New Zealand First leader Winston Peters says he will be in a position tomorrow afternoon to make "an announcement on the result of negotiations" following the 2017 election.
Peters released a statement this evening, saying that he had spoken to the leaders of National and Labour today and, among other matters, advised them of that.
His statement followed a full-day caucus meeting that began at 9am and finished about 5pm.
A spokesperson for National Party leader Bill English announced just after 7pm that "National is holding a caucus meeting tomorrow at 11am in Wellington to provide MPs with an update on coalition talks.
"A separate teleconference will then take place with the National Party board. We stress that we have had no indication of what decision New Zealand First will make.
"We have no further comment at this stage."
The media spent the day waiting in the lobby of Bowen House, where New Zealand First is based, in the hopes of an appearance by Peters.
While most MPs, including Peters, avoided media in the morning and entered the building through the carpark entrance, MPs Shane Jones and Mark Patterson walked through the front and into a media scrum.
Both gave little away, saying only that an announcement was getting closer.
Former NZ First MP Richard Prosser, who was at Parliament today to tie up loose ends, said he believed NZ First should do a deal with Labour. He said going with National would more likely resign NZ First to one term in Government.
Prosser added that he had had no contact with the party caucus or board, and that he had been asked not to access the NZ First floors of Bowen House.
Speaking in his regular interview slot on Radio Waatea today, Peters asked "for a bit of patience" and said his party was moving as fast as it can to decide on the next Government.
"Our intention always was to get this completed as fast as possible ... but to make a decision in haste would be a bad idea.
"One hesitates to give a timetable [because] then you are beleaguered by all sorts of criticisms about not keeping your promise."
Peters said the substantive negotiations were over.
"There is work to be done on sorting out exactly with great clarity what it is you have agreed on.
"You don't want people after the event to say, 'Well, actually we didn't quite agree on that' ... there is enough in politics let alone the surprises being one you could have overcome before the event even started."
Peters again said it had been necessary to wait for special votes to be counted before starting proper negotiations with National and Labour. He said the wait had been minimal compared to what happened in some other countries.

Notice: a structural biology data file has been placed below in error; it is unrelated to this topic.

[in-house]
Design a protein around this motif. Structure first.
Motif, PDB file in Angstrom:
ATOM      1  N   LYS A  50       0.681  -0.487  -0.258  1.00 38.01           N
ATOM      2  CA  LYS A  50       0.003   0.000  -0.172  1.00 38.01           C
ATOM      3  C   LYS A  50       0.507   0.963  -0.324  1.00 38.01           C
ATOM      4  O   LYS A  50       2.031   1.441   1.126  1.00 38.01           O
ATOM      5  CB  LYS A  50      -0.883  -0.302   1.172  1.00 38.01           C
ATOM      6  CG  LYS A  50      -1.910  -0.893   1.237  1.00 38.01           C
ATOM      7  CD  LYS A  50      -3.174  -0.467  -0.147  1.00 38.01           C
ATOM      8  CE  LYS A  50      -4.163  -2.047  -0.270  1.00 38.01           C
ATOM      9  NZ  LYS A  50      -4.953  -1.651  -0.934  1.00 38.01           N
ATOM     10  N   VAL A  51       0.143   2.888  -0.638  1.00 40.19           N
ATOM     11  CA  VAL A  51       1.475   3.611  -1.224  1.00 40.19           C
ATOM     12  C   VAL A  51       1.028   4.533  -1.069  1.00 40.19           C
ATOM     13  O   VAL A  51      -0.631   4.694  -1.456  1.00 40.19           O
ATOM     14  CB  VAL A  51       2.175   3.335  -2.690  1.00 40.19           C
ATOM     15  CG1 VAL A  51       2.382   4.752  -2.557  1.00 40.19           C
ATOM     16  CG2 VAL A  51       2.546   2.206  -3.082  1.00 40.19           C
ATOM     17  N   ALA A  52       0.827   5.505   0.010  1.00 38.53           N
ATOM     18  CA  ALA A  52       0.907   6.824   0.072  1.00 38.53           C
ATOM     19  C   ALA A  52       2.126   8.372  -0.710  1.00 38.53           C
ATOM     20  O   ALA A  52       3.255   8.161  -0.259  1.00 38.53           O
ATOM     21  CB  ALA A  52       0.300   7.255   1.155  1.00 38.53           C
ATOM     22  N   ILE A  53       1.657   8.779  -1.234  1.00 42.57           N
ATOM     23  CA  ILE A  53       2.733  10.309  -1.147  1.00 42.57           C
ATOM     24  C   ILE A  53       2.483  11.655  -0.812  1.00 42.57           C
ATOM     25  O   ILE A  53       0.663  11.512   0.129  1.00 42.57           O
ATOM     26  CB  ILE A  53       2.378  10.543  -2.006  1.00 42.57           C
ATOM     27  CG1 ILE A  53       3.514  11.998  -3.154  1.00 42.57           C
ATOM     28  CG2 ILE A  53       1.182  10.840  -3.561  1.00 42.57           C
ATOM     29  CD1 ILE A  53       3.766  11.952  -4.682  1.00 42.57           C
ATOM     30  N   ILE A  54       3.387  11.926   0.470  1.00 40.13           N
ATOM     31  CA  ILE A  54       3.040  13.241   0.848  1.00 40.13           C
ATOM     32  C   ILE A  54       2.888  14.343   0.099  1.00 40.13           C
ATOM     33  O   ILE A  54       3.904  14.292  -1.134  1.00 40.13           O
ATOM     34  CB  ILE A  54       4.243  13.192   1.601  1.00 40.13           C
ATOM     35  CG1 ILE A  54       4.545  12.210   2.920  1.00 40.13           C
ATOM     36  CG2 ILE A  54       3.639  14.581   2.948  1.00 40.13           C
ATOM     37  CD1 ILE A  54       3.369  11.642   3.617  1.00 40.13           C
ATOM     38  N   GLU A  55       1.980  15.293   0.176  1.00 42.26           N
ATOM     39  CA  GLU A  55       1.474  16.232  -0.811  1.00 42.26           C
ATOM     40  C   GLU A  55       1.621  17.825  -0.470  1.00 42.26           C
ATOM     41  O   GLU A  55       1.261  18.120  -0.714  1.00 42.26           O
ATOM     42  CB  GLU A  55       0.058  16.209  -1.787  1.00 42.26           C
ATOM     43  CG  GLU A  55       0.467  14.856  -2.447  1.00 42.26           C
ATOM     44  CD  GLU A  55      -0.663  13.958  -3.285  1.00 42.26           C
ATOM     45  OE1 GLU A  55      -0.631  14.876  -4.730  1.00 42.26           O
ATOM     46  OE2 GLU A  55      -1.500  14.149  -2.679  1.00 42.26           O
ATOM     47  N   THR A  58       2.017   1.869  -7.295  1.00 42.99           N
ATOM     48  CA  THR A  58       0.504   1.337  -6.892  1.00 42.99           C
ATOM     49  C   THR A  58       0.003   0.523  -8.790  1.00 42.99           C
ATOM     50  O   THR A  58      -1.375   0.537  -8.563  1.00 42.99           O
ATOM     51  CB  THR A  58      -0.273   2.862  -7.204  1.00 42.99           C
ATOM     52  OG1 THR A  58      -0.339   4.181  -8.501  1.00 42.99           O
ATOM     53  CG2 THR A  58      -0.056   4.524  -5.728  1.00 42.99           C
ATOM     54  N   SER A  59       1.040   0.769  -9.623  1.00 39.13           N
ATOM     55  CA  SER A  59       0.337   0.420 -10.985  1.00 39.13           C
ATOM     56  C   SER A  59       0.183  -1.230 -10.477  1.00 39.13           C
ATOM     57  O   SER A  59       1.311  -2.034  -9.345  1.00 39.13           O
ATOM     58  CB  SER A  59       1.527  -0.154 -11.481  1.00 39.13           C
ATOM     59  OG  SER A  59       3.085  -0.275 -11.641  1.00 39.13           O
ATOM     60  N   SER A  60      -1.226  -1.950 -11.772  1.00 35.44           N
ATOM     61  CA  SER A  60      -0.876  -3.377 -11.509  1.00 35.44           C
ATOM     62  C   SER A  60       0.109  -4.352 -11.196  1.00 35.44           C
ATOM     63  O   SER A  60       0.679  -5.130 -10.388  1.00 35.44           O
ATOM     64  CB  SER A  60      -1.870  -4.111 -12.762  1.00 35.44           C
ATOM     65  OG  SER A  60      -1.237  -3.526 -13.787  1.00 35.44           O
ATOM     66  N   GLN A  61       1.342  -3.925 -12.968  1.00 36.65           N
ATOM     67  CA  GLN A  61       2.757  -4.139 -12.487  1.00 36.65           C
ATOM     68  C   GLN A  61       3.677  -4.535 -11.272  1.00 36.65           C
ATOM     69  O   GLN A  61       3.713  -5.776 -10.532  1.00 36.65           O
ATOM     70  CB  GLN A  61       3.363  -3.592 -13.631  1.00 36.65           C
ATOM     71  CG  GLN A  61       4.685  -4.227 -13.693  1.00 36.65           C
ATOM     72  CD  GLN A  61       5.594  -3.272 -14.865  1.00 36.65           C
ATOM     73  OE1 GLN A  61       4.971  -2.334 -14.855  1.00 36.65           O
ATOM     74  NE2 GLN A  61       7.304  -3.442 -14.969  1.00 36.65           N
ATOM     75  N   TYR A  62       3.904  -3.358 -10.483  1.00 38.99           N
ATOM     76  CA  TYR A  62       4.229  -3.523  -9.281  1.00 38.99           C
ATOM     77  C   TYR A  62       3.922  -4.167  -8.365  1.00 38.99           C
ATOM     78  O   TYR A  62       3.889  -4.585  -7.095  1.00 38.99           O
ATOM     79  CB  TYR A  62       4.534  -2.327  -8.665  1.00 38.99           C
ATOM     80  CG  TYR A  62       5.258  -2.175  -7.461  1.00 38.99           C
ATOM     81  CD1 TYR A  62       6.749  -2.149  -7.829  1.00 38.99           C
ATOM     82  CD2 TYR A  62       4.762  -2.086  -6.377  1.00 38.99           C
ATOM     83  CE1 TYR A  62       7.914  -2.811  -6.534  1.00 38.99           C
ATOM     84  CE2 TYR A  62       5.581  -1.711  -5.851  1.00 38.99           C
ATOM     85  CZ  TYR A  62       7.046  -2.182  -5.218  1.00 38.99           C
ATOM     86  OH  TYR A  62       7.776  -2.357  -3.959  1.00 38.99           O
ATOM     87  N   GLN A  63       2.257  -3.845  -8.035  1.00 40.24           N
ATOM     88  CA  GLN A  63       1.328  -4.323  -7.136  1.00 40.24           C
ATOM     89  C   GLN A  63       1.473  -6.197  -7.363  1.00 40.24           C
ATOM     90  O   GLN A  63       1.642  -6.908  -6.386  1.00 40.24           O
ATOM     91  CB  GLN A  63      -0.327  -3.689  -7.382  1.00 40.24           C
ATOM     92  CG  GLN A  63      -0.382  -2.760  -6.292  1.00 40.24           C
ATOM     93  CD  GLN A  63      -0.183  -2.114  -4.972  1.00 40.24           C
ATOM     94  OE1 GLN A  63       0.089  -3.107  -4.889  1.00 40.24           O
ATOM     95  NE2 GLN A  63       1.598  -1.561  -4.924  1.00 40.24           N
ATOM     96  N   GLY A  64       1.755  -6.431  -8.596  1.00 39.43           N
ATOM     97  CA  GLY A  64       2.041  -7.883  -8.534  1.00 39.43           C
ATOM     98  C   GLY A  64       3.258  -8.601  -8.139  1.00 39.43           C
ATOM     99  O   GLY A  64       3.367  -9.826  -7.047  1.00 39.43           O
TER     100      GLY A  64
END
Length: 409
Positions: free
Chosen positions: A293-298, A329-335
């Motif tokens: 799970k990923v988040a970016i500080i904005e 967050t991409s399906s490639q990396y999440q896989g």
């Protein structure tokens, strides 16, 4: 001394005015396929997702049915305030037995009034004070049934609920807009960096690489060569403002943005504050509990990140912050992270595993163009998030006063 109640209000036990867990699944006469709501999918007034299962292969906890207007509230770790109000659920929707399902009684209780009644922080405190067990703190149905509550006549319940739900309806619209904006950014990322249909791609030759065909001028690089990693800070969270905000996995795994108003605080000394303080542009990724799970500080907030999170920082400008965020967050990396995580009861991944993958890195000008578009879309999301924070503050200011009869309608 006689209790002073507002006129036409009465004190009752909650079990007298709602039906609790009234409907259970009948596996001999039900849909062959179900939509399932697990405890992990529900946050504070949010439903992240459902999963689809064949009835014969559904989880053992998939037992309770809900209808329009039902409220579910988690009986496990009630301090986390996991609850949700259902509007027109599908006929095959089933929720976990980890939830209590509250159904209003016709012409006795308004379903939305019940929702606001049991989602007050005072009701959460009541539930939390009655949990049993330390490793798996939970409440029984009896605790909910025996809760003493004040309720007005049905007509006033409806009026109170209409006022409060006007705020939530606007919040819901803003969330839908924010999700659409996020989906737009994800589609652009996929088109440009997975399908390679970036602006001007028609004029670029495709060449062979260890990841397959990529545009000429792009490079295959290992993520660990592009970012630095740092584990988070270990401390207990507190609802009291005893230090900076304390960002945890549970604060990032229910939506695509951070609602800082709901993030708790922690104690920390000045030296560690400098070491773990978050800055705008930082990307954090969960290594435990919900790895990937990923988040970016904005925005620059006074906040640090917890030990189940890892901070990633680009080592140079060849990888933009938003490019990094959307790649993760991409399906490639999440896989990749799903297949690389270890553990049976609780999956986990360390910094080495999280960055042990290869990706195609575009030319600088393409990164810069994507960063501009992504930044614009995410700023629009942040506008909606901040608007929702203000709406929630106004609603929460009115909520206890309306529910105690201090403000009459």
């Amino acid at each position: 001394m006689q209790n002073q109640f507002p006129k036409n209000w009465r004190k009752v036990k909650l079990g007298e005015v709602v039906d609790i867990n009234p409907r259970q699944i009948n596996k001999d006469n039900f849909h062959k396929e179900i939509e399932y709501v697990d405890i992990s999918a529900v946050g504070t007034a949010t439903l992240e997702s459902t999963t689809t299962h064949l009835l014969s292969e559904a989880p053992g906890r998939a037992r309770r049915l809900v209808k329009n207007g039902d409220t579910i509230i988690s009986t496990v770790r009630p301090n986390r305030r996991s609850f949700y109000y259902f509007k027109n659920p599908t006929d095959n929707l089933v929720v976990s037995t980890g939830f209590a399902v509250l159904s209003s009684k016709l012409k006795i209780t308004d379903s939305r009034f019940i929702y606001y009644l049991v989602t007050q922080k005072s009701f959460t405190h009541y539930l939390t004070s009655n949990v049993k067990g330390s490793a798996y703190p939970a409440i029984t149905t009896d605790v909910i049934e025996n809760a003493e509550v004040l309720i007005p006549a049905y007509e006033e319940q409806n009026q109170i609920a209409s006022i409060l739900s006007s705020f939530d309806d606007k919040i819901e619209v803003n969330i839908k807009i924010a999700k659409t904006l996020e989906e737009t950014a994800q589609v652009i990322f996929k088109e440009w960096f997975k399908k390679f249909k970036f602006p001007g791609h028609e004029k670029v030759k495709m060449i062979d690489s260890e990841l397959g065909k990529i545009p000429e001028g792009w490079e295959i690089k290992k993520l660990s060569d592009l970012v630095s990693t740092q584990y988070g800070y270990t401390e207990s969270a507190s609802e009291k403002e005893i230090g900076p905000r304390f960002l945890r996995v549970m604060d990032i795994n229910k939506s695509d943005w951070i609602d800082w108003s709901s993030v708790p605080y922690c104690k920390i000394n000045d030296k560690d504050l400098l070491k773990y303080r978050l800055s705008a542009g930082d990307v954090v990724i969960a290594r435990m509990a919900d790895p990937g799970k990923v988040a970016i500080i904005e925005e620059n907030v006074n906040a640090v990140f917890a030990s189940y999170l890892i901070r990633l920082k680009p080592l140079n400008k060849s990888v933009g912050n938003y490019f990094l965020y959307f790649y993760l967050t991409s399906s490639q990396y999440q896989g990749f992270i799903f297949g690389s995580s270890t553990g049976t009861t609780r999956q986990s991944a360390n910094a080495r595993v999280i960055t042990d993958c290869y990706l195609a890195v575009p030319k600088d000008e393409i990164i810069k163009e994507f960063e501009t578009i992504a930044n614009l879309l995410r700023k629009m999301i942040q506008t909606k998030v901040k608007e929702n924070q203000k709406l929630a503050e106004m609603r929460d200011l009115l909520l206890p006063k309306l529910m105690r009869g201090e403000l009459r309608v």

"In the case of Germany, they had elections the day after us, and they won't have decided until probably late December. Other countries take four, five, sometimes six months. Now, no one is asking for that here. We are just asking for a bit of patience."
As the afternoon dragged on, the media scrum slowly swelled in anticipation of Peters, who had not said that he would make an appearance, but has addressed media with no notice throughout the negotiation process.
When the caucus meeting finished, media fished for answers from deputy leader Ron Mark, who left the building briefly to collect his dry-cleaning. But Mark gave nothing away, saying only that 'you'll know when the boss tells you", and Peters eventually left the building away from the media spotlight, releasing a statement afterwards.
Wednesday's meeting followed secret one-on-one meetings with National leader Bill English and Labour leader Jacinda Ardern on Tuesday night, for which Peters drove 100m to an underground Beehive carpark to avoid being seen.
Peters talked to English and Ardern about his party's preferred Government arrangement, which the Herald understands favours ministerial posts rather than sitting on the cross benches.
Before the meetings, Peters fronted media to say that the party board was "98 per cent there" on policy proposals to be presented to National and Labour, but further issues needed to be worked out with English and Ardern.
He did not specify what those issues were, but they are expected to include the shape a government might take, any ministerial portfolios and any concerns Peters might have about working with English and Ardern as Prime Minister.